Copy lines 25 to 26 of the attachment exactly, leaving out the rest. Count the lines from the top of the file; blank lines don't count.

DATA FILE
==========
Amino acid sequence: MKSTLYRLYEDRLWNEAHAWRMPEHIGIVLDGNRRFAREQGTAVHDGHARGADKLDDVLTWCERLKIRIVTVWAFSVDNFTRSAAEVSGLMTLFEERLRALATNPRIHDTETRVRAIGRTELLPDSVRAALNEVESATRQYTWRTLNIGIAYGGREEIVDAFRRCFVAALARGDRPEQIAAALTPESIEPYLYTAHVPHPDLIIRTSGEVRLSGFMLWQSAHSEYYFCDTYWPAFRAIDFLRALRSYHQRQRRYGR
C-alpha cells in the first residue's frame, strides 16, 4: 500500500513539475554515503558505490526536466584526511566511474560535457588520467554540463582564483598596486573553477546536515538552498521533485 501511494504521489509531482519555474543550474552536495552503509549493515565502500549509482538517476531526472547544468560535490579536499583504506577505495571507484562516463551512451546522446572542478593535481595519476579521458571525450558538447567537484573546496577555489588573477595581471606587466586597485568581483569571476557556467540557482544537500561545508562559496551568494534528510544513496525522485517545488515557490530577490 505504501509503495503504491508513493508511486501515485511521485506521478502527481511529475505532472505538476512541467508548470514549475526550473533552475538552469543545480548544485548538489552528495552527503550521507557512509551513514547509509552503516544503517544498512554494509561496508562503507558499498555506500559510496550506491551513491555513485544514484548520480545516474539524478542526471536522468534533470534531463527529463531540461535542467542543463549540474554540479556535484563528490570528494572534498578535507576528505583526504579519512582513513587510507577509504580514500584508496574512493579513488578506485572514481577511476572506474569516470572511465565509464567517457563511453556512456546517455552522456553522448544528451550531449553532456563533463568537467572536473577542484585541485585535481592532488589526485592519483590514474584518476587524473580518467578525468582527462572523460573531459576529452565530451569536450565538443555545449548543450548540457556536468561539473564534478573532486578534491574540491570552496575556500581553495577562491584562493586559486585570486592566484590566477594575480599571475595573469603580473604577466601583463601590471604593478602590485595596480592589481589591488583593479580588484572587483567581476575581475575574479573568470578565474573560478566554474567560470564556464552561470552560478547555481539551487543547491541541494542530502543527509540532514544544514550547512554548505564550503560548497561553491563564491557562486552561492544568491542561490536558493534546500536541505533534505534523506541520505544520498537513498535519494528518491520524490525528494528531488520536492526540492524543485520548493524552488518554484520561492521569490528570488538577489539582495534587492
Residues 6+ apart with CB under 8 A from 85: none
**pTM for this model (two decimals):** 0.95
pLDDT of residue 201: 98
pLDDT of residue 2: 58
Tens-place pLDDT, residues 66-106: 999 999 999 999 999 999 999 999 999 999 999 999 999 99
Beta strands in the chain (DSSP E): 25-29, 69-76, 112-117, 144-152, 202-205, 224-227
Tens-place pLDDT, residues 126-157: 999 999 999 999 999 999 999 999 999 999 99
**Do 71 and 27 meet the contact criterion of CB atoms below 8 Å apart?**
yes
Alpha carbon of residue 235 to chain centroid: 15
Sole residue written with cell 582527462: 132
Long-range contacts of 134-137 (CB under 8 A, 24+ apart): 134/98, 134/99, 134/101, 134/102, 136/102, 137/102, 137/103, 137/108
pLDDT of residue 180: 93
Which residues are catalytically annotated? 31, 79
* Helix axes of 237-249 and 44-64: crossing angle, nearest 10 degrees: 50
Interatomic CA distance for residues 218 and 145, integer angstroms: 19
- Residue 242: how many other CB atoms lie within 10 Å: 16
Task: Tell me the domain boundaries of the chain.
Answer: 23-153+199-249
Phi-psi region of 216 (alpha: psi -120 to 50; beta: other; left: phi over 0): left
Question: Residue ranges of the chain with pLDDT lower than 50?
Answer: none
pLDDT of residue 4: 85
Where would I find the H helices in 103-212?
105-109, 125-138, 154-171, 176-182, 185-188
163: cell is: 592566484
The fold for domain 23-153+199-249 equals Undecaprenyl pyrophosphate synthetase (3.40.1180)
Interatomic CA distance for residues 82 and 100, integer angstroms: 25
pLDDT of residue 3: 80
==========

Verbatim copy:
pLDDT of residue 4: 85
Where would I find the H helices in 103-212?